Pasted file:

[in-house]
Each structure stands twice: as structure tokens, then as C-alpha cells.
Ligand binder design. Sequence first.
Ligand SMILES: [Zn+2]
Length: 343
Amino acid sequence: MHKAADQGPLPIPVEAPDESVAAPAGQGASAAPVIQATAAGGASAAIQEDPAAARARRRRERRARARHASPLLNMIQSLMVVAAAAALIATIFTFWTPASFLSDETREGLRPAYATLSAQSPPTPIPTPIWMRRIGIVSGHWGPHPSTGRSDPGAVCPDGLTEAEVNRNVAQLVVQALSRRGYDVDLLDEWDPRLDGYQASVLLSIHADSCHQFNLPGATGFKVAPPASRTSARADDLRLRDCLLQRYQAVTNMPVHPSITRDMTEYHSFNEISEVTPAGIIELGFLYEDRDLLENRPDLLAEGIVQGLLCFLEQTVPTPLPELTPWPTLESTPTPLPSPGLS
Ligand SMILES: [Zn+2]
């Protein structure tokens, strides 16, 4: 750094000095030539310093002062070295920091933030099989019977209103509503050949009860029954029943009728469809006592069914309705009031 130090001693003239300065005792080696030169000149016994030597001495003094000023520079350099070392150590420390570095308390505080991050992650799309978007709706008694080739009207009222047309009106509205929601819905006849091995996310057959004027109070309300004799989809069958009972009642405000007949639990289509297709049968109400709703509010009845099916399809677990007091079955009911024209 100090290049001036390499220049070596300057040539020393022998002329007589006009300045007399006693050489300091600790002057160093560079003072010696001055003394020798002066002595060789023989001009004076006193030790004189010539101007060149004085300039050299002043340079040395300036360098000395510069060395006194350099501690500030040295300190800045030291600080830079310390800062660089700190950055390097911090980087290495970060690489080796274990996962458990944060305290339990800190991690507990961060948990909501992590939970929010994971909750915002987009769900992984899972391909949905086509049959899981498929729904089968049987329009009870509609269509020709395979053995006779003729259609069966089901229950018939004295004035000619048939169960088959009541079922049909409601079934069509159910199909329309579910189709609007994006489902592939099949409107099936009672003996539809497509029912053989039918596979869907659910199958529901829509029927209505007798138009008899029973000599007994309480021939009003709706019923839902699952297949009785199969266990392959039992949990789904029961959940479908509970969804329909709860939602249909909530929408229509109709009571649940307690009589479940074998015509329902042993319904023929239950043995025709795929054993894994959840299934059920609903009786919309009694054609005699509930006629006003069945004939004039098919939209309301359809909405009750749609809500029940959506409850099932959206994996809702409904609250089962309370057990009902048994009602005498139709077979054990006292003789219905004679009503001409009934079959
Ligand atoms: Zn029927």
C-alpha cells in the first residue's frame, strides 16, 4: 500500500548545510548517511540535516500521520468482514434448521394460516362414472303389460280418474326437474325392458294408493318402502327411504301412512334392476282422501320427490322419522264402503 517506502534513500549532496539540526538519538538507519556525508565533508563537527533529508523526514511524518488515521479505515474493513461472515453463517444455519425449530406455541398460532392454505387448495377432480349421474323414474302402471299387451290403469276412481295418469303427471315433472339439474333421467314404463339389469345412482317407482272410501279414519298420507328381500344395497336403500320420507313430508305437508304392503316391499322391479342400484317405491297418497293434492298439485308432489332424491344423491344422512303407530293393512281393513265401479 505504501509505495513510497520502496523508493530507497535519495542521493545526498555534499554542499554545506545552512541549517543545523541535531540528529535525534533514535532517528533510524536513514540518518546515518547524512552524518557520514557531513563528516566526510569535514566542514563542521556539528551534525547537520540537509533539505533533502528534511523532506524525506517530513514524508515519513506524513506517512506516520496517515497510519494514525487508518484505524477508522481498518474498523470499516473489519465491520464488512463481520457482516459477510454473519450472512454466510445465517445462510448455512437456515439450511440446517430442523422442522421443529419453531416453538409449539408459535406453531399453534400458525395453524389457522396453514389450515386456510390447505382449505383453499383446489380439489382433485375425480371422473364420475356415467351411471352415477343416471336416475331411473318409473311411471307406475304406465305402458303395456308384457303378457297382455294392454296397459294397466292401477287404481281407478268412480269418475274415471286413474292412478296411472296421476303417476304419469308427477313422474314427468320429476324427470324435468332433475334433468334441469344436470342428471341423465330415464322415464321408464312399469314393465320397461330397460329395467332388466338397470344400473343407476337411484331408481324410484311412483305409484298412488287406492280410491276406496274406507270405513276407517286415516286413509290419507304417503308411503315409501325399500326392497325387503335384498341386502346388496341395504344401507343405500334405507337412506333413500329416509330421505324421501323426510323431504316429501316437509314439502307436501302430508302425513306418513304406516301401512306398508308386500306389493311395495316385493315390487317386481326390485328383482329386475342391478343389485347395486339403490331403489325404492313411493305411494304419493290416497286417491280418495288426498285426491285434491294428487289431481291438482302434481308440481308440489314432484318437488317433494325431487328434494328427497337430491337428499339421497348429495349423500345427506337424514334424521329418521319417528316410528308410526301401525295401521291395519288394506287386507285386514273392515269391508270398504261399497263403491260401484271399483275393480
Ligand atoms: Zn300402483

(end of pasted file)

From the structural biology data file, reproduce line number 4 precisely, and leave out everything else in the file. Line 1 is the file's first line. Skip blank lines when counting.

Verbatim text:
Ligand SMILES: [Zn+2]